Most of us reflect back over the past year (or longer) during the holidays for a couple of reasons. Yes, with the New Year looming, it seems like a good time to take stock of what we’ve done—and haven’t done—during the past 12 months. But also, reconnecting with family and friends, and the holidays themselves, remind us of such gatherings in the past, and how much things have changed in the intervening years, both with us and in the world around us.
Looking back over the past year in the independent advisory world reveals that sometimes the most important events are those that didn’t happen. Here, then, is my list of key non-events for advisors in 2013:
- The SEC did not create a fiduciary standard for brokers, nor did it “harmonize” regulations for brokers and RIAs. While the same could be said of every year since the Dodd-Frank Act was signed into law in 2010, this year seems particularly notable, due to the appointment of new SEC Chairman Mary Jo White and her initial bluster about quickly moving the re-regulations along. Despite having spent nearly a decade as the United States Attorney New York, prosecuting gangsters, terrorists and wayward financiers, Ms. White appears to have been unprepared for the securities industry’s resistance to an RIA-like standard for brokers.
SIFMA’s current tactic of focusing the debate on the costs of a broker fiduciary duty—and tying any SEC action to the DOL’s expansion of the ERISA fiduciary standard—appears to have put the brakes on the SEC’s deliberations. At the same time, the increasing likelihood of a separate standard for brokers (which could have more of a marketing benefit than an investor benefit) has dampened the enthusiasm of many RIAs for any change at all. With Mary Jo White’s failure to have a demonstrable impact on the SEC agenda, and waning enthusiasm from all parties, the reregulation of brokers seems a lot less likely today than it did last year at this time.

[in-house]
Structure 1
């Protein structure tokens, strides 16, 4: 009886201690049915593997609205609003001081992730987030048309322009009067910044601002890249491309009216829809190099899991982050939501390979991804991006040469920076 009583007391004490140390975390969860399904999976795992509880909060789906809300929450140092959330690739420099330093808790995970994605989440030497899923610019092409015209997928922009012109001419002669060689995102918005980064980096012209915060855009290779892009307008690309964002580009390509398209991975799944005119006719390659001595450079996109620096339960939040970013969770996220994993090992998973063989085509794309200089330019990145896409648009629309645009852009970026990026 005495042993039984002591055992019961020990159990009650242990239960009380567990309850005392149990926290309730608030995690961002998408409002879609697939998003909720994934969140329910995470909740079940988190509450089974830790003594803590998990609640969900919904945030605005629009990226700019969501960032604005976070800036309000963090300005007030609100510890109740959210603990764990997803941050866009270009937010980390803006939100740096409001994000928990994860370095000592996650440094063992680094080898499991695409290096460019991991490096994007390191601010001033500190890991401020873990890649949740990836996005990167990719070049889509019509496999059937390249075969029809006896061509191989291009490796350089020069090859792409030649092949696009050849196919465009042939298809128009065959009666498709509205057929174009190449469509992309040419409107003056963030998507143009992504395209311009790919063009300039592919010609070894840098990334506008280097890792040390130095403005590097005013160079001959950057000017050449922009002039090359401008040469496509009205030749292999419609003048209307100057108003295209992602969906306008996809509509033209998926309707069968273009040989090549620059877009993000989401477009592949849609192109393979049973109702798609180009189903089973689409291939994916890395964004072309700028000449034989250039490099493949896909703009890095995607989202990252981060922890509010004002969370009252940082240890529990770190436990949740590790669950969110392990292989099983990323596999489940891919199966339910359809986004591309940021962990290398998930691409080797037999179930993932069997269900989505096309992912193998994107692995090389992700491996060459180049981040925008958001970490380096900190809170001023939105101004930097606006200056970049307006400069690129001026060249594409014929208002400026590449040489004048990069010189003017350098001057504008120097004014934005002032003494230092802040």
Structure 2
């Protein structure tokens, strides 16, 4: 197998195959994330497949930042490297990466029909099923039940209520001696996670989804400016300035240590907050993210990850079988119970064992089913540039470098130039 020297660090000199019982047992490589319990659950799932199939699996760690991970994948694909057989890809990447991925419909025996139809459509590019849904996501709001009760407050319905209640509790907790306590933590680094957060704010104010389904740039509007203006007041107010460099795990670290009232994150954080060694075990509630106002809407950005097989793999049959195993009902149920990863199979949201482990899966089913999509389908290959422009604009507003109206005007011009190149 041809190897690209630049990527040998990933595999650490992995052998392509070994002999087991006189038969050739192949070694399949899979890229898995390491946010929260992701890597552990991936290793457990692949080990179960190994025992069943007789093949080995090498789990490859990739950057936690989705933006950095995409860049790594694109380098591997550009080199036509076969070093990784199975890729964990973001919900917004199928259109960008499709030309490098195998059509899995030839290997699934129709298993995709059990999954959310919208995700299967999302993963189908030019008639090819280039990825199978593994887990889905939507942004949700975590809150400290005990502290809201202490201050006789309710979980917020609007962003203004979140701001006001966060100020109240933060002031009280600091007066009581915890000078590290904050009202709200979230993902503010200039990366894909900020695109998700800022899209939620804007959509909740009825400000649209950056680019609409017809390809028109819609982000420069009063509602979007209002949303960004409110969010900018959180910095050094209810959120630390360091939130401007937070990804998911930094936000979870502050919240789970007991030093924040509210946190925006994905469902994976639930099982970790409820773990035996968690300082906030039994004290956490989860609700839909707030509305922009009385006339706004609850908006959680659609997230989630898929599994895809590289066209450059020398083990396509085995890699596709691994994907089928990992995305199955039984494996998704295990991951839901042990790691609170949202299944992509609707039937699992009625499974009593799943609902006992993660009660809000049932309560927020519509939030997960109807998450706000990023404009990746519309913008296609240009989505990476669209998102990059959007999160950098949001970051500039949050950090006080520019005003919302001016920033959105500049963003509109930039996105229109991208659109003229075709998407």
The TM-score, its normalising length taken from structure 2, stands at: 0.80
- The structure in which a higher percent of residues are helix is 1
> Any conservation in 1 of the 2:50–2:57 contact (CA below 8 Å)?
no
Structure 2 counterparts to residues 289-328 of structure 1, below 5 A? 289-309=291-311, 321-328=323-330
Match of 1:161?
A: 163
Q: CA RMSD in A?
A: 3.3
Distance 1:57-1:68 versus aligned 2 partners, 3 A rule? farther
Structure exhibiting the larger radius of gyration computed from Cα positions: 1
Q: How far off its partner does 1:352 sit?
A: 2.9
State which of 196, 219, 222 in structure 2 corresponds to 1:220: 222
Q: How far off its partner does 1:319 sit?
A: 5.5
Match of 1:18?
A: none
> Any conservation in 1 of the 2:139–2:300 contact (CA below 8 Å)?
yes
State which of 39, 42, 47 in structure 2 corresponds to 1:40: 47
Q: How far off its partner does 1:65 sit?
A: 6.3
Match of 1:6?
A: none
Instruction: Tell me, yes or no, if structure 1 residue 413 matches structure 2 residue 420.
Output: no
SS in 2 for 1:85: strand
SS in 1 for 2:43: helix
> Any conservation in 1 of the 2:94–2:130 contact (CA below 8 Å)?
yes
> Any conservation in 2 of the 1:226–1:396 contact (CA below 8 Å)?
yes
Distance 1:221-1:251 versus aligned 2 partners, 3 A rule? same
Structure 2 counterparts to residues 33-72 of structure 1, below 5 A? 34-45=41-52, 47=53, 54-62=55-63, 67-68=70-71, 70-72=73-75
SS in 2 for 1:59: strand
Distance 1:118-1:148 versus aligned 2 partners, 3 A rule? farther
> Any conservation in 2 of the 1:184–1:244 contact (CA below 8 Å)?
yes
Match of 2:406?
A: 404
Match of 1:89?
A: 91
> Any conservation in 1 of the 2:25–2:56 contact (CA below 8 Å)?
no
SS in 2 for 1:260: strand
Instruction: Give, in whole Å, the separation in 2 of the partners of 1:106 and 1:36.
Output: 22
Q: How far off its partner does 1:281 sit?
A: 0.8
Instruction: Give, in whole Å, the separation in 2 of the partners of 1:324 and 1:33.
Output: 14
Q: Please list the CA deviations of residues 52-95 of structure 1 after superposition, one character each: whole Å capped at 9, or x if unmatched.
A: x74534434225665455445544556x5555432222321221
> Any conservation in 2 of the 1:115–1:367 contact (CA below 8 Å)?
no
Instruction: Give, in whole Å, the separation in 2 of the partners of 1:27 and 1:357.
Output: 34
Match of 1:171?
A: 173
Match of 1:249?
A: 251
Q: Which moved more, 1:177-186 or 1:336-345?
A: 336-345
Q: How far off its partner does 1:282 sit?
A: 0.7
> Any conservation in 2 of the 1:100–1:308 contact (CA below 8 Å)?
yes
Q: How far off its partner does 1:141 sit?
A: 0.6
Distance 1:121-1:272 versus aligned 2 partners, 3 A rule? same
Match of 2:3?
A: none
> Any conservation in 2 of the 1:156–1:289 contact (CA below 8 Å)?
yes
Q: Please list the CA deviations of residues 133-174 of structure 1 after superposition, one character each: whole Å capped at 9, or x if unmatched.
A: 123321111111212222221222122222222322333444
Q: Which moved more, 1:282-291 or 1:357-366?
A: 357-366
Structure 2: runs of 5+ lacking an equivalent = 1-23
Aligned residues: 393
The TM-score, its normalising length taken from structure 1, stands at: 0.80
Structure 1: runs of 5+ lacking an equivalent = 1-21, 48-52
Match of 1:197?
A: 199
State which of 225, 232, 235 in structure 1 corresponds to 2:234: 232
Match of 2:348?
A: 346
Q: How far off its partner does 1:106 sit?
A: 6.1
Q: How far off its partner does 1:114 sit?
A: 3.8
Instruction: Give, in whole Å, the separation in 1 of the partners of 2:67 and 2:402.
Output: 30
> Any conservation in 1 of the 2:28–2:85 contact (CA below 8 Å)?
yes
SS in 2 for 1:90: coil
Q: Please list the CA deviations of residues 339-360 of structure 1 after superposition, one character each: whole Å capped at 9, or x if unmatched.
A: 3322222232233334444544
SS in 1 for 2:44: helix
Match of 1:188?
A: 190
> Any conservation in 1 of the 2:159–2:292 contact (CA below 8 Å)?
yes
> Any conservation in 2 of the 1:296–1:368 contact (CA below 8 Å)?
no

- Equally as telling as Mary Jo White’s failure to push the Dodd Frank agenda is the Department of Labor’s Phyllis Borzi inability to keep her promise that “a fiduciary rule would see the light of day this year.” Bolstered by the reelection of the Obama Administration (which secured her continued employment as Assistant Secretary for Employee Benefits Security), Ms. Borzi was optimistic about expanding the ERISA fiduciary standard to brokers who “advise” companies on their selection of retirement plans. But the securities industry’s opposition was equally stiff on the Labor front as well, casting serious doubt on either DOL or SEC altering their respective fiduciary standards.
- FINRA did not take over the regulation of RIAs. Earlier in the year, it looked as if the biggest (presumably) unintended consequence of Dodd-Frank Section 913 could be the SEC’s handoff of RIA regulation to FINRA. As I’ve written before, the securities industry SRO has been trying to regulate independent advisors out of business at least since 1985 (when it was known as the National Association of Securities Dealers, or NASD); or perhaps more accurately, regulate them into large brokerage firms. Said takeover would have spelled the death knell for independent firms as we know them today. Not only did FINRA fail in its attempted coup, but it did so with such a lack of support inside and outside of Congress that it probably won’t try again in this re-regulation environment. But never say never, especially when it comes to FINRA.
- The CFP Board fails to fairly oversee the use of the “fee-only” description by CFPs. One of the leading alternatives to FINRA as regulator of independent advisors (at least those who are financial planners), the Board inflicted serious damage to its credibility through a series of uneven disciplinary actions involving it’ own board members, prominent CFPs and thousands of brokers posting on the Board’s own website. The extent of the damage is hard to assess, but it seems fair to say that support for the Board as a regulator has waned dramatically.
On a macro scale, a confluence of non-events led to the biggest surprise of 2013: The EU didn’t collapse, despite the Cypriots’ best efforts; the US government didn’t collapse or default, though it did shut down from Oct. 1-16; and the most costly parts of Obamacare were delayed at least until well into the new year. These non-events combined with a non-change in interest rates (the prime rate is 3.25% today, the same as it was a year ago) to push the stock market to new highs: the DJIA to 15,884, up 21.2% year to date; and the S&P 500 to 1,426—up 25% YTD.